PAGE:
Liad Agmon, CEO of Delver, says that the site connects information about a user’s social network with Web search results, “so you are searching the Web through the prism of your social graph.” He explains that a person begins a search at Delver by typing in her name. Delver then crawls social-networking websites for widely available data about the user–such as a public LinkedIn profile–and builds a network of associated institutions and individuals based on that information. When the user enters a search query, results related to, produced by, or tagged by members of her social network are given priority. Lower down are results from people implicitly connected to the user, such as those relating to friends of friends, or people who attended the same college as the user. Finally, there may be some general results from the Web at the bottom. The consequence, says Agmon, is that each user gets a different set of results from a given query, and a set quite different from those delivered by Google.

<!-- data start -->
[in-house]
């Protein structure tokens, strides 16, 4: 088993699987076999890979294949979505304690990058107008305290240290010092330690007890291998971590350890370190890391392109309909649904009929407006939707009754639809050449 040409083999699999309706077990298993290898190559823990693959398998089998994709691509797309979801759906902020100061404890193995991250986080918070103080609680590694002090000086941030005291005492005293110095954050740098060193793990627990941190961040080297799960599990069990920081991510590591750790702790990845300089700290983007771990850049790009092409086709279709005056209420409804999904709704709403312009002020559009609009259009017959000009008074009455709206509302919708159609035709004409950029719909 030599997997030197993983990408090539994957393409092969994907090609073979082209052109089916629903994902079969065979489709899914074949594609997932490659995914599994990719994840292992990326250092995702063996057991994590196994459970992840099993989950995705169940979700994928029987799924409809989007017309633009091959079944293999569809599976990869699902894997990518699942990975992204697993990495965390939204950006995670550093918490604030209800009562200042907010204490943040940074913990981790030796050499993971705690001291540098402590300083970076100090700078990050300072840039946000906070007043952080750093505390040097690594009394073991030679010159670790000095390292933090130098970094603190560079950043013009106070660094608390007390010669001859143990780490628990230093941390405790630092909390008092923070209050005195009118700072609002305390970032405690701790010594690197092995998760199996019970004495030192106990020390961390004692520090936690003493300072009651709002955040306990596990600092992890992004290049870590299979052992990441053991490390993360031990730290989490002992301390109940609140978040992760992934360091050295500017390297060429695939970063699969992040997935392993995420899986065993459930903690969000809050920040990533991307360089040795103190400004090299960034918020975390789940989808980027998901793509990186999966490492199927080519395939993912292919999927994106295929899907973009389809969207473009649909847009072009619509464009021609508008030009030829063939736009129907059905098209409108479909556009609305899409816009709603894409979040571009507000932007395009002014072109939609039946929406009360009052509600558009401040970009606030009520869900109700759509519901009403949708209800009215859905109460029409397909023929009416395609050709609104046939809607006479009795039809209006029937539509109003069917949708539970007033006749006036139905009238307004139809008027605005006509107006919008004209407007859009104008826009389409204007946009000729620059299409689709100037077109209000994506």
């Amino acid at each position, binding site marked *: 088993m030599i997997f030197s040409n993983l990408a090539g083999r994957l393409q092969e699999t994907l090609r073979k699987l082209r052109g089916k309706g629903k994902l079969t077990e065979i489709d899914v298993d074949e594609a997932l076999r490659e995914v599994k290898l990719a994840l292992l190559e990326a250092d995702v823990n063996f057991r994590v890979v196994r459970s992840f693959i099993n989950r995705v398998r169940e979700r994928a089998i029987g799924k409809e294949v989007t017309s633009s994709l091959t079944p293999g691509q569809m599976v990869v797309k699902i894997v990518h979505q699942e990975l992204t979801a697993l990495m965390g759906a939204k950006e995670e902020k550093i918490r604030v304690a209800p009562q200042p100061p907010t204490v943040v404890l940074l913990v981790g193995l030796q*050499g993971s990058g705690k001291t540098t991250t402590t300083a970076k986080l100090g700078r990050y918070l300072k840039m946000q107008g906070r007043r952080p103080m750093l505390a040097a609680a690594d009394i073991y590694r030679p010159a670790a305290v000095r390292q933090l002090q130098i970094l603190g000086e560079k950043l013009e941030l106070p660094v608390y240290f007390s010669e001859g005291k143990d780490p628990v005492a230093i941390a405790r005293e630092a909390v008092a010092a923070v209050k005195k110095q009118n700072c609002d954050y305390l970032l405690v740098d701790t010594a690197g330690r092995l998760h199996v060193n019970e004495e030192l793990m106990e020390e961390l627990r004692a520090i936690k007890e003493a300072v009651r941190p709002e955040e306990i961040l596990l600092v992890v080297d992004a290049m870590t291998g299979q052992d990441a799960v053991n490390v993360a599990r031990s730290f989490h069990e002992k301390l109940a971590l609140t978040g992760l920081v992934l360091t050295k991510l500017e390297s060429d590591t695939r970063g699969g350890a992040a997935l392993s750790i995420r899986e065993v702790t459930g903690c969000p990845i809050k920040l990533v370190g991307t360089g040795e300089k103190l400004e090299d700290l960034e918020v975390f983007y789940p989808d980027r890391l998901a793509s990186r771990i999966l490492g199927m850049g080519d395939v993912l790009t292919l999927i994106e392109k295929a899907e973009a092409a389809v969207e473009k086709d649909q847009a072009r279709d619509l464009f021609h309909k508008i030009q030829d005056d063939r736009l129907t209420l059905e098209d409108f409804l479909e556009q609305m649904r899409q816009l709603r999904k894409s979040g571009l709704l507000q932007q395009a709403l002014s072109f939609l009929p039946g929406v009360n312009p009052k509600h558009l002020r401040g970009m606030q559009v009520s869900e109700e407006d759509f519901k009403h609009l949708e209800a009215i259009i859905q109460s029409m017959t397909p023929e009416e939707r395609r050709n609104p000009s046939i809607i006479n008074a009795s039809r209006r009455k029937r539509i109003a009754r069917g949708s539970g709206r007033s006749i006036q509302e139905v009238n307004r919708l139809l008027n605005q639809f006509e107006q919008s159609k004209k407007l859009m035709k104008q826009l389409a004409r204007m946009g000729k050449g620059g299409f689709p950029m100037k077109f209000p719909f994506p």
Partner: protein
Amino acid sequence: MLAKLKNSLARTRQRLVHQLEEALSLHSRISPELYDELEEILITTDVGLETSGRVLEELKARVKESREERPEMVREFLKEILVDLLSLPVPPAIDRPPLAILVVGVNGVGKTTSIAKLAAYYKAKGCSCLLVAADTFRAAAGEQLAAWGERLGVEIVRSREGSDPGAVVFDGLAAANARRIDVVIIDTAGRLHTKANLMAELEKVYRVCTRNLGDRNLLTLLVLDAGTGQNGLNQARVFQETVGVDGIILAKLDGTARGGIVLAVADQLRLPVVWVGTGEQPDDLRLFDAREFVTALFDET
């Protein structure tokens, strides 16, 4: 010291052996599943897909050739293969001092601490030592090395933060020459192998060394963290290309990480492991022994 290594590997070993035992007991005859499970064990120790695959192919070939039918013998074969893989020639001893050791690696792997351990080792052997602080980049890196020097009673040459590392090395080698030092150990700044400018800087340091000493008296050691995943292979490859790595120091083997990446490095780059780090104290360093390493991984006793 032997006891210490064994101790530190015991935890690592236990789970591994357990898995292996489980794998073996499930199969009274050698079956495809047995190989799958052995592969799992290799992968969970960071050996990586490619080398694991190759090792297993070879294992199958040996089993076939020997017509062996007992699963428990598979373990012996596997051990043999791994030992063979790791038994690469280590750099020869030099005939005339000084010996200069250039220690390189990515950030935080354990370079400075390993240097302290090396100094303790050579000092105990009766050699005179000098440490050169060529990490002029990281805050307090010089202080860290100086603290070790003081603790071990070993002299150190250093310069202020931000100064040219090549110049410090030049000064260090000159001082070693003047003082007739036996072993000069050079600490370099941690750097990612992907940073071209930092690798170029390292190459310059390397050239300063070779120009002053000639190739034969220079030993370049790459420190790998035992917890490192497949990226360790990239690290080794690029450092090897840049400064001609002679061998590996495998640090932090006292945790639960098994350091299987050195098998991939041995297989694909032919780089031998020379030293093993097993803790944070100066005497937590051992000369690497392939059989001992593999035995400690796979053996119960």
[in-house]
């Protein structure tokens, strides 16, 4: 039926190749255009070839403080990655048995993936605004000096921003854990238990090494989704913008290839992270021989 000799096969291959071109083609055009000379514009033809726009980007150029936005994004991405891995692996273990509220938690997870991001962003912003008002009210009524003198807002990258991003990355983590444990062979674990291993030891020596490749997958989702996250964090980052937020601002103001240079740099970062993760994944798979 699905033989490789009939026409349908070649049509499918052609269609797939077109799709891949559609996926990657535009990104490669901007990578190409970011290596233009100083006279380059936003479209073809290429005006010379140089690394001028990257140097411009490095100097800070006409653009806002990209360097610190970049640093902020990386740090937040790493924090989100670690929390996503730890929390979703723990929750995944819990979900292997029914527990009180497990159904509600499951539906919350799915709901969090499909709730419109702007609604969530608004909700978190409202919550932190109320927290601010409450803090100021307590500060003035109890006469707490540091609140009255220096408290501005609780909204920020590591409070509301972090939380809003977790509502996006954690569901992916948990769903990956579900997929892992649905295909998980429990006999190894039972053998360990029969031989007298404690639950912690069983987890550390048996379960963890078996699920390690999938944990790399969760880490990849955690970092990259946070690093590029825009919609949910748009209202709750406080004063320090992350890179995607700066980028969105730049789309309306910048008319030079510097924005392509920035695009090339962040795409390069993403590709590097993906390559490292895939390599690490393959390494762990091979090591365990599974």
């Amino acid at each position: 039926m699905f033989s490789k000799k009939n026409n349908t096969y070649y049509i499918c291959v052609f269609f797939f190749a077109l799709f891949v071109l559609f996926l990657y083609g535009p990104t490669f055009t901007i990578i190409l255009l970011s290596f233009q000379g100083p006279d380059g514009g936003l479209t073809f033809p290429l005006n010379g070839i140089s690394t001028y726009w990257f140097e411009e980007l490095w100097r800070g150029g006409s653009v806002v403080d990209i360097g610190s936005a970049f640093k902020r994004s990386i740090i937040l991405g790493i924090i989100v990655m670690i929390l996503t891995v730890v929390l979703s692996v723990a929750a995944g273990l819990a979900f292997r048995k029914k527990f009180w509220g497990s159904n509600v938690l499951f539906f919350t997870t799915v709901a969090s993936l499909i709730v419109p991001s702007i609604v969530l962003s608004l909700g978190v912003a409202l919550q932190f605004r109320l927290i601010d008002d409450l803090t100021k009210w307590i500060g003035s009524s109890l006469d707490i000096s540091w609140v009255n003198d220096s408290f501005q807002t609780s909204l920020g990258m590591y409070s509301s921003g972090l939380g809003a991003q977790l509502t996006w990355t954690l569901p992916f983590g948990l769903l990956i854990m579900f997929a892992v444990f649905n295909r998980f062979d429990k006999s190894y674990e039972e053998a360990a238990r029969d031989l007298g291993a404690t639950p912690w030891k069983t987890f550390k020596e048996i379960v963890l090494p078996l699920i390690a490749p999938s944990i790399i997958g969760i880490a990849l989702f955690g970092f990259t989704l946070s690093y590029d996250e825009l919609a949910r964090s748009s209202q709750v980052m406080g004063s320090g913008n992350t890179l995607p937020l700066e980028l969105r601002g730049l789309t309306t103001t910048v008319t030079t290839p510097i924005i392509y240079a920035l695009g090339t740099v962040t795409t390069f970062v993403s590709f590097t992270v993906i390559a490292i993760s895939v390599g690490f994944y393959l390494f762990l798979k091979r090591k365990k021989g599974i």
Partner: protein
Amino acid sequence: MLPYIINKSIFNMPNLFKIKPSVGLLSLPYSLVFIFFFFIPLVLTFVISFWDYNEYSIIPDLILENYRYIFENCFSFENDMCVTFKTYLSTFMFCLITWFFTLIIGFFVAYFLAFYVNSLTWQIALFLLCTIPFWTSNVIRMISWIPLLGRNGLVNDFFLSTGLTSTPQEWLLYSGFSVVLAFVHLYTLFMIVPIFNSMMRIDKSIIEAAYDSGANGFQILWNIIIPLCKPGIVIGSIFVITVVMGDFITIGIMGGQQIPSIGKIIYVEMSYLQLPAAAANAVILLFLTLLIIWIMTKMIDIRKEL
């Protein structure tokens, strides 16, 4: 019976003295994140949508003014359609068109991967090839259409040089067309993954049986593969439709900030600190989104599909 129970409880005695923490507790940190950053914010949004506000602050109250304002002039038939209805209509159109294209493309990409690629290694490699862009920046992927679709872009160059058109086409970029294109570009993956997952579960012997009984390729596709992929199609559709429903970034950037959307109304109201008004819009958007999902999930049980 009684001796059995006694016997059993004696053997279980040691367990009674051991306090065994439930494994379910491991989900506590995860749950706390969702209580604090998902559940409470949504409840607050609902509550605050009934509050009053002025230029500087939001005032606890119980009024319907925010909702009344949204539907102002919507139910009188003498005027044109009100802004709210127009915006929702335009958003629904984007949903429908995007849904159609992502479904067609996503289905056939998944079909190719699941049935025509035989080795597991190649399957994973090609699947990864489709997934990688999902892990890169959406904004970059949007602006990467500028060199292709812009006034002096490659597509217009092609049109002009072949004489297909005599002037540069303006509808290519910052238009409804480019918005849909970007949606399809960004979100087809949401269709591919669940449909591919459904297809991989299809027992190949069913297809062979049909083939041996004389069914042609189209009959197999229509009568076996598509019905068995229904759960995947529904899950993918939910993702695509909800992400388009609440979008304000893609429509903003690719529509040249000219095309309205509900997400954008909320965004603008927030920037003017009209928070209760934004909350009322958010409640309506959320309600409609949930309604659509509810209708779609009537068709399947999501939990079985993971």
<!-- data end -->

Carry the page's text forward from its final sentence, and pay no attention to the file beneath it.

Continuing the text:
In the released version, users can link Delver to profiles stored on MySpace, Facebook, Blogger, Flickr, LinkedIn, YouTube, hi5, FriendFeed, Digg, and Del.icio.us. The company says that it plans to add support for other social sites in coming months. To build out a profile further, a user can enter details such as profession, education, and location. Users can also connect to people on Delver who bring up interesting search results.
In my experiments with the early version, I found that my personal network alone didn’t produce enough results to make the service useful. It seems that early adopters will need to focus on building up connections to other Delver users, or perhaps to bloggers who tend to write about topics of interest to them. I continue to think that Delver is an interesting idea, and I look forward to seeing what the site looks like once it’s collected more social data about its users.
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"It was in the newspaper, but the towers fell the next day, and what I’d done was quickly lost."
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